Copy of the Arch of Hadrian at Athens, 1761-1764, at Shugborough, based on an illustration in James ‘Athenian’ Stuart’s ‘The Antiquities of Athens (1762). ©National Trust Images/Andrew Butler

These recent images of Shugborough illustrate the surprising diversity in a mid-eighteenth-century British landscape garden. The Chinese style coexisted with the Greek and finished buildings were juxtaposed with deliberately contrived ruins.

The Chinese House at Shugborough, 1747. ©National Trust Images/Andrew Butler

Cattle roamed among the monuments to balance culture and learning with some refreshing rusticity.

The Tower of the Winds at Shugborough, completed about 1765, a copy of the Horlogium of Andronikos Cyrrhestes illustrated in Stuart’s ‘Antiquities of Athens’. ©National Trust Images/Andrew Butler

Thomas Anson developed the garden and park at Shugborough between the 1740s and the early 1770s.

The Ruins at Shugborough, with the remains of a statue of a Druid. ©National Trust Images/Andrew Butler

He based many of the garden structures on designs by Thomas Wright and James ‘Athenian’ Stuart. The Chinese House, Chinese boathouse and the Pagoda (the last two no longer extant) may have been influenced by his brother Admiral Lord Anson’s visits to China in 1742 and 1743.

The Shepherd’s Monument at Shugborough, partly after a design by Thomas Wright and with a relief based on an engraving after Nicolas Poussin’s painting ‘Et in Arcadia Ego’. ©National Trust Images/Andrew Butler

Shugborough represents the ‘rococo’ moment in the English landscape garden, when cows roamed among Classical allusions and a Pagoda could tower over a Druidic ruin.

Cattle on the Shugborough estate. ©National Trust Images/Andrew Butler

The historian Dr Stephen McDowall is currently doing research into the development and meaning of the Chinese elements in the house and the garden at Shugborough, which will eventually be published as part of the East India Company at Home project.

Perpetual amazement

January 24, 2011

The Duchess's Private Closet at Ham House, Surrey, showing the part-Javavese tea table, a Chinese porcelain vase and chairs inspired by Chinese Coromandel lacquer. ©NTPL/John Hammond

One thing that always surprises me about the phenomenon of chinoiserie is that people in the eighteenth century were so extremely keen to use East Asian elements in their houses and gardens. China  was so much more remote and incomprehensible then than it is to us now, and yet Asian products were used to decorate the most intimate domestic spaces.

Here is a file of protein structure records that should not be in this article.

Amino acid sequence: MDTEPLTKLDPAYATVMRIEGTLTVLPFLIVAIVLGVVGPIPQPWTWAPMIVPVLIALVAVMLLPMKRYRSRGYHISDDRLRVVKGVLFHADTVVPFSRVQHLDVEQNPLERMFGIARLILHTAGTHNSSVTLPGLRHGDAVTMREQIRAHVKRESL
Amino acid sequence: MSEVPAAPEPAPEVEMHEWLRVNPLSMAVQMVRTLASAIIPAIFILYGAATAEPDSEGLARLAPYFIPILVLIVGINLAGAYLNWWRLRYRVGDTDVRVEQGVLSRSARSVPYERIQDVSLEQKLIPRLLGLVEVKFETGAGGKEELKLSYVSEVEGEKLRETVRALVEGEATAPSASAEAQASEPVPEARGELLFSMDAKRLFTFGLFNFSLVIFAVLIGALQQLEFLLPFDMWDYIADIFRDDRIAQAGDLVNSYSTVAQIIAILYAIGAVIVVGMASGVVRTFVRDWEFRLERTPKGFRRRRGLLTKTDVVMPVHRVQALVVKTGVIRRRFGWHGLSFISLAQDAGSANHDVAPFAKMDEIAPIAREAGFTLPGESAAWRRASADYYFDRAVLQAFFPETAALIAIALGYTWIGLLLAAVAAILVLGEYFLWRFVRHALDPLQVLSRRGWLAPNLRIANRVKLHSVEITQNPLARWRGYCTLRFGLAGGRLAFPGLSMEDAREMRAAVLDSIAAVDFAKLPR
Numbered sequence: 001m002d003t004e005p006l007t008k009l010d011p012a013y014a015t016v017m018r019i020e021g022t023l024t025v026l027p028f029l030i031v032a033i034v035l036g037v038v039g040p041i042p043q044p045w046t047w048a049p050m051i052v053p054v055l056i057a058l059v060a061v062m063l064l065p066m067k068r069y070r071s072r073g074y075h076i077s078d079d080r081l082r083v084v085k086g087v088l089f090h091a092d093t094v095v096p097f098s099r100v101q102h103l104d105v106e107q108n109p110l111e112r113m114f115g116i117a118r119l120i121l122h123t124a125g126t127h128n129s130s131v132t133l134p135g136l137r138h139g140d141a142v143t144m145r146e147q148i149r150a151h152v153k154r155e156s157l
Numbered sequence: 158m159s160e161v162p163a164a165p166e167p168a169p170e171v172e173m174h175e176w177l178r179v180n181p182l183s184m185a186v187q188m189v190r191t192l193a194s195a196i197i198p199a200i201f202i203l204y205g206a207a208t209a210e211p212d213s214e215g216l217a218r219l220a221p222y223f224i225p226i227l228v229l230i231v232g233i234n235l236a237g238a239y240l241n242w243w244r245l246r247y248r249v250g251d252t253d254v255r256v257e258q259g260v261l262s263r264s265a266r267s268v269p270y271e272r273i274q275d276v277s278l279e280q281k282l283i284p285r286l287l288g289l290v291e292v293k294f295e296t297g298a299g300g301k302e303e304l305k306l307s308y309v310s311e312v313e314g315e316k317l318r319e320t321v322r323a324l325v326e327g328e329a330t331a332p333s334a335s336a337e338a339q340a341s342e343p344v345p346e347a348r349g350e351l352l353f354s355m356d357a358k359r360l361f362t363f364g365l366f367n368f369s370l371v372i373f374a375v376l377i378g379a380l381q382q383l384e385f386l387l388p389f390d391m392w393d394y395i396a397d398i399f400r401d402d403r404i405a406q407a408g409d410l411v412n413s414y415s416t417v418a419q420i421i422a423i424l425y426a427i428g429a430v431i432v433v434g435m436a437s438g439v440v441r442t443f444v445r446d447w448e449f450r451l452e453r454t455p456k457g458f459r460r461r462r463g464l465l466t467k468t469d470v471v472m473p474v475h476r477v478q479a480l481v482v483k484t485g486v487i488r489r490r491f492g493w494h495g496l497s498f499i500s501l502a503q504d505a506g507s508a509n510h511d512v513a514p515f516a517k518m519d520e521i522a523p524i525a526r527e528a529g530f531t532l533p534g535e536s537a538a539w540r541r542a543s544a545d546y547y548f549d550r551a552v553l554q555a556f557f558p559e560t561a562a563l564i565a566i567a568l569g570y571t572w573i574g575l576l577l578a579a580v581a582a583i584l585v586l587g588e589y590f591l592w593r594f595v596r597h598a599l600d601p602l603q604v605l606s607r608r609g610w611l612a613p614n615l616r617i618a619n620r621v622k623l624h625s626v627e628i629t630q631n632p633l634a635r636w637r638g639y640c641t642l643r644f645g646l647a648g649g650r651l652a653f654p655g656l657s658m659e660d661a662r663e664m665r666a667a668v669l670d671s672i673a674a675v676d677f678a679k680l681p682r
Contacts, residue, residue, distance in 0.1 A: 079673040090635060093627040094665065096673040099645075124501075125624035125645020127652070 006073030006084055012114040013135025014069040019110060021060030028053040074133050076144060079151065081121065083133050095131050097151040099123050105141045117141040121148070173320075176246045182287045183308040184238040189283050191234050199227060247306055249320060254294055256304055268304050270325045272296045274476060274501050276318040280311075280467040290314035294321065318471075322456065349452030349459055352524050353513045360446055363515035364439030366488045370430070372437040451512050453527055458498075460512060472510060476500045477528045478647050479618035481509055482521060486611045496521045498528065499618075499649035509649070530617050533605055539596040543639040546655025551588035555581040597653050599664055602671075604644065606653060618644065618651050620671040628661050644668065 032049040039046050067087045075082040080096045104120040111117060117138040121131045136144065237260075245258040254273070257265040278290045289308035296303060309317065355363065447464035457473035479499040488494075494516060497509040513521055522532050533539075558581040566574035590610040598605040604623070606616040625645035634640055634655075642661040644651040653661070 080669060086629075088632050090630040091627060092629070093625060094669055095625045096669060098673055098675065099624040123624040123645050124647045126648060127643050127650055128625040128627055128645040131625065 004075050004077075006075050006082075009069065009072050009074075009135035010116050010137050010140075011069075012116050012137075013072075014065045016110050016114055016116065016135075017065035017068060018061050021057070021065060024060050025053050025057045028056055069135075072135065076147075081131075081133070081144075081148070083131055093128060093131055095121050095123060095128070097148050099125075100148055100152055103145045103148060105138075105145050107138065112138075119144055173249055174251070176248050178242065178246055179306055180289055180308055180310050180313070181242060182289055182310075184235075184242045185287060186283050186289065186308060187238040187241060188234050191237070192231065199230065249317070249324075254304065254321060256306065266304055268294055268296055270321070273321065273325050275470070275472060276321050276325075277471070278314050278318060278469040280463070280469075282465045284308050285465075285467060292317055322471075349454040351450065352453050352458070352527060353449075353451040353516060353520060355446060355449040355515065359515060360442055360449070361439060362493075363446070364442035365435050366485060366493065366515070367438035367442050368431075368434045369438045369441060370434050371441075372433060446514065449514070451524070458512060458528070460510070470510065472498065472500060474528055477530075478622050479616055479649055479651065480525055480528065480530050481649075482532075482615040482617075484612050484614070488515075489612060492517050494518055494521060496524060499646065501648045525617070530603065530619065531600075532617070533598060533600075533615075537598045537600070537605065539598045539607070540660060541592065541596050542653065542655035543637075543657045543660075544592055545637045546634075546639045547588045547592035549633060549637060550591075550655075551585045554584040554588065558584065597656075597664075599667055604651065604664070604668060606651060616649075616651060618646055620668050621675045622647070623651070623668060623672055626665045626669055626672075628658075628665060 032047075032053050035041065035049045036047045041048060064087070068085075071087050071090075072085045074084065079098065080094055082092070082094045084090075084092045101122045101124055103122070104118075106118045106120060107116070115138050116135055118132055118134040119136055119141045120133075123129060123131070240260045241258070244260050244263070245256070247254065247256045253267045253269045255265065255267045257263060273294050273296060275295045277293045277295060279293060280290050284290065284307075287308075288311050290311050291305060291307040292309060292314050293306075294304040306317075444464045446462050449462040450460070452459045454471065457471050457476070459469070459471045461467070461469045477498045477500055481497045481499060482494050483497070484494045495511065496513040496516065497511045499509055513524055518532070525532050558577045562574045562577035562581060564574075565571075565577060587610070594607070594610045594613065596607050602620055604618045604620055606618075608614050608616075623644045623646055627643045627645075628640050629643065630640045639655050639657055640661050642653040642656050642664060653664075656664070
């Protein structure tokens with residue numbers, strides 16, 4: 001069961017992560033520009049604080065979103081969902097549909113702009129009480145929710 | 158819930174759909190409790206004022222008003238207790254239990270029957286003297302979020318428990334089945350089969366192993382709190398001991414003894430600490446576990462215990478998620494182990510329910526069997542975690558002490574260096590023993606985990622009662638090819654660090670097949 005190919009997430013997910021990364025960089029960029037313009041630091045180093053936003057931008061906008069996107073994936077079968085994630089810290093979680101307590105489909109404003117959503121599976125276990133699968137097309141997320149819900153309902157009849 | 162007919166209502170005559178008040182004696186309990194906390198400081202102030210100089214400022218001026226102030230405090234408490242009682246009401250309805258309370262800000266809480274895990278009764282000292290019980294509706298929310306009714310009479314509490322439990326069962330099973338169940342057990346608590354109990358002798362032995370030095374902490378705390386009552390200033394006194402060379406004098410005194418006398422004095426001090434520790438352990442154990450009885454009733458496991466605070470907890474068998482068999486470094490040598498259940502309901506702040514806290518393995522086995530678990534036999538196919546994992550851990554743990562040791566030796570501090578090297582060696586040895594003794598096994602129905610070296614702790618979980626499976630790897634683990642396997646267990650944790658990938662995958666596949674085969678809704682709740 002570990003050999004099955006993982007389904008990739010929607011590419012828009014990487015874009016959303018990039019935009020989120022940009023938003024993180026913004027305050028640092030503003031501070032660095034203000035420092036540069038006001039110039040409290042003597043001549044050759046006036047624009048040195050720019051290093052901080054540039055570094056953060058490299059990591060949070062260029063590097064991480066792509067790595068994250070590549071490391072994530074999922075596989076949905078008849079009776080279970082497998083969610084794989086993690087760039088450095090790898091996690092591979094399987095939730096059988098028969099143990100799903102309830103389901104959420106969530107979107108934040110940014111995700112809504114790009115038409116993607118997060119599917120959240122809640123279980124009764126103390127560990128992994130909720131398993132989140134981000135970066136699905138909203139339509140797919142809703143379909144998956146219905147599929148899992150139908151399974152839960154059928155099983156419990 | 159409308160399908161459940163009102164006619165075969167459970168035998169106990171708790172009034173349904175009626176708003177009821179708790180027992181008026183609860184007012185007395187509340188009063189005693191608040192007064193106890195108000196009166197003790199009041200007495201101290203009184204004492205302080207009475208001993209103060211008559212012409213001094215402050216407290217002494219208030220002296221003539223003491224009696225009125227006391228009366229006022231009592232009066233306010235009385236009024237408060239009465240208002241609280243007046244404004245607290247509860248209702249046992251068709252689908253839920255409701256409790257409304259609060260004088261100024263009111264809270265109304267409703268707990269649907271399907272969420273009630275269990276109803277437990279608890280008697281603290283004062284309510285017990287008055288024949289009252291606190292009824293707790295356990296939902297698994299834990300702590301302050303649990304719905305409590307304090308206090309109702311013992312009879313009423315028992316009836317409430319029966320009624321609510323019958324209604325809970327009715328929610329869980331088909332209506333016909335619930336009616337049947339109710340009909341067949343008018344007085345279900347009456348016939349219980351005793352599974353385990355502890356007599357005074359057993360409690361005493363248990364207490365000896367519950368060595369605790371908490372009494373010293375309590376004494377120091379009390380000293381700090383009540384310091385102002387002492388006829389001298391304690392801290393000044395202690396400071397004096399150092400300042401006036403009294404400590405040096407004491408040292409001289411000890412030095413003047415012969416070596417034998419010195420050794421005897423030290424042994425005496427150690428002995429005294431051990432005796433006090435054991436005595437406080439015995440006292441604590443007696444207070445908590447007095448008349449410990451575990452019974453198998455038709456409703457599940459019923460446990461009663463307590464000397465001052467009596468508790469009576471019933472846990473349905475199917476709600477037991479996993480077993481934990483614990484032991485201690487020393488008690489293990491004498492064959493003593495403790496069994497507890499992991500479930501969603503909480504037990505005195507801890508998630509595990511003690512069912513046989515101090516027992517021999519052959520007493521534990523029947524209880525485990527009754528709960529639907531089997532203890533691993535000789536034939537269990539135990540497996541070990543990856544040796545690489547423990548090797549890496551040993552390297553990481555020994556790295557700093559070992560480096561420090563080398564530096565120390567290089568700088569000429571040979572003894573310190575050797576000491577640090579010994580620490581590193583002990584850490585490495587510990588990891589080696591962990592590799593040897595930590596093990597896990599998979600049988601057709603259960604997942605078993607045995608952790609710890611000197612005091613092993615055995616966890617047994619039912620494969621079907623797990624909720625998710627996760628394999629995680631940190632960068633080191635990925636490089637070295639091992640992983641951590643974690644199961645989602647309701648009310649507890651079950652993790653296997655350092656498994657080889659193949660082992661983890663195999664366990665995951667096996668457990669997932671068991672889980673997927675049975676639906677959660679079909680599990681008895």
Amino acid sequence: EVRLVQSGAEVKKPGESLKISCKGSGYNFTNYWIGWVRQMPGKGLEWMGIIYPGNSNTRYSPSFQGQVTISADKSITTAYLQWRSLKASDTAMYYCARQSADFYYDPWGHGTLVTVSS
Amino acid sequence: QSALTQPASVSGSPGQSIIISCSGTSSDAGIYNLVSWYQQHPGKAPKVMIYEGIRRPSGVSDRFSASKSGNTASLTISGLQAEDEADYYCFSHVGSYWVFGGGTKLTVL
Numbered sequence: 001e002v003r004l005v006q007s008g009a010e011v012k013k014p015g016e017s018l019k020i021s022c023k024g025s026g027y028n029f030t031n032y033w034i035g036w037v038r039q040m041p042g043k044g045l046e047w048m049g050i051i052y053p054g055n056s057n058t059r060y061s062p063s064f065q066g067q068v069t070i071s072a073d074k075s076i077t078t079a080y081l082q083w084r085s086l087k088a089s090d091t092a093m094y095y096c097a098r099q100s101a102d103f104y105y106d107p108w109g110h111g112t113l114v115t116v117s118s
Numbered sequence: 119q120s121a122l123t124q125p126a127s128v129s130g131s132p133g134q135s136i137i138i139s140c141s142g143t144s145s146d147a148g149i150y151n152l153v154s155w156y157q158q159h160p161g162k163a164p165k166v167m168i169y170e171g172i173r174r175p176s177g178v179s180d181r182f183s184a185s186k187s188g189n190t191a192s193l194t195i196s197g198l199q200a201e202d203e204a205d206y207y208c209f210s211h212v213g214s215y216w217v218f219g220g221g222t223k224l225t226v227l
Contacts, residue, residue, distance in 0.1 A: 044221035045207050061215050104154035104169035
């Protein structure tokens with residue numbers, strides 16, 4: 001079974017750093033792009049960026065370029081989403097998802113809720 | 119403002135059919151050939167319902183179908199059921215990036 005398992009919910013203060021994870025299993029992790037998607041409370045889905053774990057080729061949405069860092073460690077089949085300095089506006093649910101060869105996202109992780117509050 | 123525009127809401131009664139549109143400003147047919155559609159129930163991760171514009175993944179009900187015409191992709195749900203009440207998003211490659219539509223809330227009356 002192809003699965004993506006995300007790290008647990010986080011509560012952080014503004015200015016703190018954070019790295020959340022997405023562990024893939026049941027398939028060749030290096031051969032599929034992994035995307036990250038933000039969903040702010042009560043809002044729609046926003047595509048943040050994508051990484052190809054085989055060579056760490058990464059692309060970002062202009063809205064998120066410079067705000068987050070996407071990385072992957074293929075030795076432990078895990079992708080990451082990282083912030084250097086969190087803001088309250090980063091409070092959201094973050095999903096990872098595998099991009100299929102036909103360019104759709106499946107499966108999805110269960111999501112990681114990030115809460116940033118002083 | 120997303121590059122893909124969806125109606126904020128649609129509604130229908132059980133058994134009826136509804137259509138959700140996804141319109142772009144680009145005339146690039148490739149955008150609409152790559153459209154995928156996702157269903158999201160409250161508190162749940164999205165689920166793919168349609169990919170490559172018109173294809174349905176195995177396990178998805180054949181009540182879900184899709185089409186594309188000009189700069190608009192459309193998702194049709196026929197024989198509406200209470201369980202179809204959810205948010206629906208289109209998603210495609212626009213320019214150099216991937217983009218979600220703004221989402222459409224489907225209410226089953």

The seventeenth- and eighteenth-century English tended to be virulently anti-catholic, and yet they were happy to embrace objects from a culture that was not just non-Protestant, but entirely non-Christian.

The west front of Shugborough, Staffordshire, by Nicholas Dall, with the Chinese House (left) and several classical monuments. ©NTPL/John Hammond

And what continues to amaze me as well is the flexibility with which chinoiserie garden pavilions were mixed with classical pavilions and monuments without any sense of incongruity, as for instance at Shugborough, Stowe and Stourhead. In some ways our mid-eighteenth-century ancestors were much more broad-minded than we are.

I am aware of all the usual answers: that people loved the beauty and glamour of lacquer, porcelain and silk, and that they misinterpteted the meaning of the motifs to suit their preconceptions, etc. etc. – but that still doesn’t entirely take away my astonishment.

More about the deployment of chinoiserie in the English garden here (pp. 9 & 10).

Eastern approaches

July 29, 2010

The Chinese temple at Biddulph Grange. ©NTPL/Ian Shaw

I’m off to a garden history summer course – back next Thursday. It’s an Ashridge course called Eastern Approaches, about the various oriental influences on British garden design.

©NTPL/Ian Shaw

We will be visiting Kew (the pagoda by Chambers), Sezincote (an Indian-style country house), Fanhams (a Japanese-style garden), Nymans and Exbury (both full of exotic rarities), Batsford arboretum and of course the Regency gardens of Ashridge itself.

The 'idol' presiding over the garden. ©NTPL/Andrew Butler

These pictures are of the ‘China’ garden at Biddulph Grange, Staffordshire, which we will also be visiting. It was created in the 1840s and 1850s by the wealthy orchid-fancier James Bateman and his friend the artist Edward Cooke. Even as China was becoming better known in Europe, Bateman was content to picture it as a Willow Pattern paradise.

The 'Joss House'. ©NTPL/Nick Meers

When the National Trust acquired the gardens in 1988 with the help of the National Heritage Memorial Fund it was severely overgrown, and a lot of research and work went into restoring it.